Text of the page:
FDA Issues Extensive Warnings on Combined Use of Prescription Opioid & Benzodiazepines

After an extensive review of current scientific evidence, the U.S. Food and Drug Administration announced that it is requiring class-wide changes to drug labeling to help inform health care providers and patients of the serious risks associated with the combined use of certain opioid medications and a class of central nervous system (CNS) depressant drugs called benzodiazepines.

Among the changes, the FDA is requiring boxed warnings and patient-focused Medication Guides for prescription opioid analgesics, opioid-containing cough products, and benzodiazepines – nearly 400 products in total – with information about the serious risks associated with using these medications at the same time. Risks include extreme sleepiness, respiratory depression, coma and death. These actions are one of a number of steps the FDA is taking as part of their Opioids Action Plan, which focuses on policies aimed at reversing the prescription opioid abuse epidemic, while still providing patients in pain access to effective and appropriate pain management.

Here is some important patient safety information on the FDA website:

Important Information for Patients

FDA is warning patients and their caregivers about the serious risks of taking opioids along with benzodiazepines or other central nervous system (CNS) depressant medicines, including alcohol. Serious risks include unusual dizziness or lightheadedness, extreme sleepiness, slowed or difficult breathing, coma, and death. These risks result because both opioids and benzodiazepines impact the CNS, which controls most of the functions of the brain and body.

Opioids are powerful prescription medicines that can help manage pain when other treatments and medicines cannot be taken or are not able to provide enough pain relief. They are also approved in combination with other medicines to reduce coughing. Common side effects include drowsiness, dizziness, nausea, vomiting, constipation, and slowed or difficult breathing. Opioids also carry serious risks, including misuse and abuse, addiction, overdose, and death. Examples of opioids include oxycodone, hydrocodone, codeine, and morphine.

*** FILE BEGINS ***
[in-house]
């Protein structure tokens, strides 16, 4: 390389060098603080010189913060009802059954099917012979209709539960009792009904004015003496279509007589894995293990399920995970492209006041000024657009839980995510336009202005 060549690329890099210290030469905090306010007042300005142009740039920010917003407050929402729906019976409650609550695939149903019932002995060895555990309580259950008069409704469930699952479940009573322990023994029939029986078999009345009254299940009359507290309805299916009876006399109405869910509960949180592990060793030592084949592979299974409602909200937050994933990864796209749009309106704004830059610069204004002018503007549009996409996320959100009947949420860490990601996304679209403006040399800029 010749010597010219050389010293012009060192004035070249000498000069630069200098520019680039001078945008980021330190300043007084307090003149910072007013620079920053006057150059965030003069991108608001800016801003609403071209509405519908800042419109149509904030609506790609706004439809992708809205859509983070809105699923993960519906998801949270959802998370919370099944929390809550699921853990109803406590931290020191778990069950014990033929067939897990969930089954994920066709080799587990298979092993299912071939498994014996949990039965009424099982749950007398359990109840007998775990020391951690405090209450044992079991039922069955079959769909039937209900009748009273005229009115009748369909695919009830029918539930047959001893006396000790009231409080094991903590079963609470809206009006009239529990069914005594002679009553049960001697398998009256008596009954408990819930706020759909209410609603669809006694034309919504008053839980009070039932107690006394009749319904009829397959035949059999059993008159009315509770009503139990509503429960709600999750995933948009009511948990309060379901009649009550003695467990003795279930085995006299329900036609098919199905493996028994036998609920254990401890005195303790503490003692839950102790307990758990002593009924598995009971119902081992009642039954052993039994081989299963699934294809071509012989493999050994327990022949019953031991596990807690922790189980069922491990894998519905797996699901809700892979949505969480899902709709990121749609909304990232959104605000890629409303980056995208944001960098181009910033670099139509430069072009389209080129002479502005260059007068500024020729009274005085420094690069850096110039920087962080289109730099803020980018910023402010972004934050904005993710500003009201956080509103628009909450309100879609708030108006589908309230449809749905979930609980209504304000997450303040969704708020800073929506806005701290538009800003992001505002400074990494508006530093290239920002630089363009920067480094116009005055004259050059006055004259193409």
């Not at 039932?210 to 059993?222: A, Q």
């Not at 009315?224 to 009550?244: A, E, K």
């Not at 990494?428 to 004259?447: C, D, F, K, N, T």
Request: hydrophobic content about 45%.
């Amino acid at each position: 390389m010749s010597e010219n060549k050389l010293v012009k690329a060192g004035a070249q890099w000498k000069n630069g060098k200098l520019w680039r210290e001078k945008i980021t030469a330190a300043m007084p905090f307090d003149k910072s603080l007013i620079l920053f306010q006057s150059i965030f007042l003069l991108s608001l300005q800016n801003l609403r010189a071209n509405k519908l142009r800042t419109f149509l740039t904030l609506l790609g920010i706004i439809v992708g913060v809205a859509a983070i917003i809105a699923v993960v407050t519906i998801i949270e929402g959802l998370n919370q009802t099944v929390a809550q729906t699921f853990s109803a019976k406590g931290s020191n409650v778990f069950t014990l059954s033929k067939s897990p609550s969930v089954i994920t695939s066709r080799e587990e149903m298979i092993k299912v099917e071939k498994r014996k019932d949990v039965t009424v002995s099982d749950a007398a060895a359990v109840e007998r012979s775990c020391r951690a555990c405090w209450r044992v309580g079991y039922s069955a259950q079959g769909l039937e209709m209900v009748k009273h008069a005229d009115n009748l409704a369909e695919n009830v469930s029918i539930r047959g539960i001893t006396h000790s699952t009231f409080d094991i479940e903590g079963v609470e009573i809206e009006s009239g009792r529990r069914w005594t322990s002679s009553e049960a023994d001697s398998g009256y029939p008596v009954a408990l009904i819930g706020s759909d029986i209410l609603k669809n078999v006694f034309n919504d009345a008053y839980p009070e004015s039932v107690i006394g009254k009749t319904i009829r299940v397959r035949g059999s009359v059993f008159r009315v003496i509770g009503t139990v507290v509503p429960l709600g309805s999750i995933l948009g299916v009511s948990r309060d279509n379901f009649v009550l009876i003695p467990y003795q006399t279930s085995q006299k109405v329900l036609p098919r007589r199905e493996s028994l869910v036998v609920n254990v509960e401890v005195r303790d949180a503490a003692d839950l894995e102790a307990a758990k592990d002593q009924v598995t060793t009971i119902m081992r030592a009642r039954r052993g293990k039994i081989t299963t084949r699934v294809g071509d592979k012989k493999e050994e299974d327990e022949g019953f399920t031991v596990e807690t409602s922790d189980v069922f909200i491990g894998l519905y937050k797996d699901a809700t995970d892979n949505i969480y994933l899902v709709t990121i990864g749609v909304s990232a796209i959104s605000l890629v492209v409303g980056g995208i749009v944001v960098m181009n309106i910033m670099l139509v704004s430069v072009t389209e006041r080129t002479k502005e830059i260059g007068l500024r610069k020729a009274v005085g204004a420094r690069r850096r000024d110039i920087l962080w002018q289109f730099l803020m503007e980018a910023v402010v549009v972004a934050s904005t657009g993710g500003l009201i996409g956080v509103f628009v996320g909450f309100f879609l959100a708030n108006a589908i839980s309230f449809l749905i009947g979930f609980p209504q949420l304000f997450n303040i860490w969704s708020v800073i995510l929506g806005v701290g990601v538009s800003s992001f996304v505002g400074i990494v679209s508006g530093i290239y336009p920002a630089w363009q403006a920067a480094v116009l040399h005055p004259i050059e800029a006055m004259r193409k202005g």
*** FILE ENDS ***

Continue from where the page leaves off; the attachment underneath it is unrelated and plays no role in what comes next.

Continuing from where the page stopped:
Benzodiazepines are drugs prescribed for to treat conditions like anxiety, insomnia, and seizures. Examples of these drugs include: alprazolam, clonazepam, and lorazepam. Common side effects include drowsiness, dizziness, weakness, and physical dependence.

If you are taking both opioids and benzodiazepines together, consult your health care provider to see if continued combined use is needed. For more information, please see the FDA Drug Safety Communication.

Also see:

  • FDA News releaseFDA requires strong warnings for opioid analgesics, prescription opioid cough products, and benzodiazepine labeling related to serious risks and death from combined use.
  • FDA Drug Safety Communication: FDA warns about serious risks and death when combining opioid pain or cough medicines with benzodiazepines; requires its strongest warning.

Info edited from the FDA website.

Karen Joy Fletcher

Our blogger Karen Joy Fletcher is CHA’s Communications Director. With a Masters in Public Health from UC Berkeley, she is the online “public face” of the organization, provides technical expertise, writing and research on Medicare and other health care issues. She is responsible for digital content creation, management of CHA’s editorial calendar, and managing all aspects of CHA’s social media presence. She loves being a “communicator” and enjoys networking and collaborating with the passionate people and agencies in the health advocacy field. See her current articles.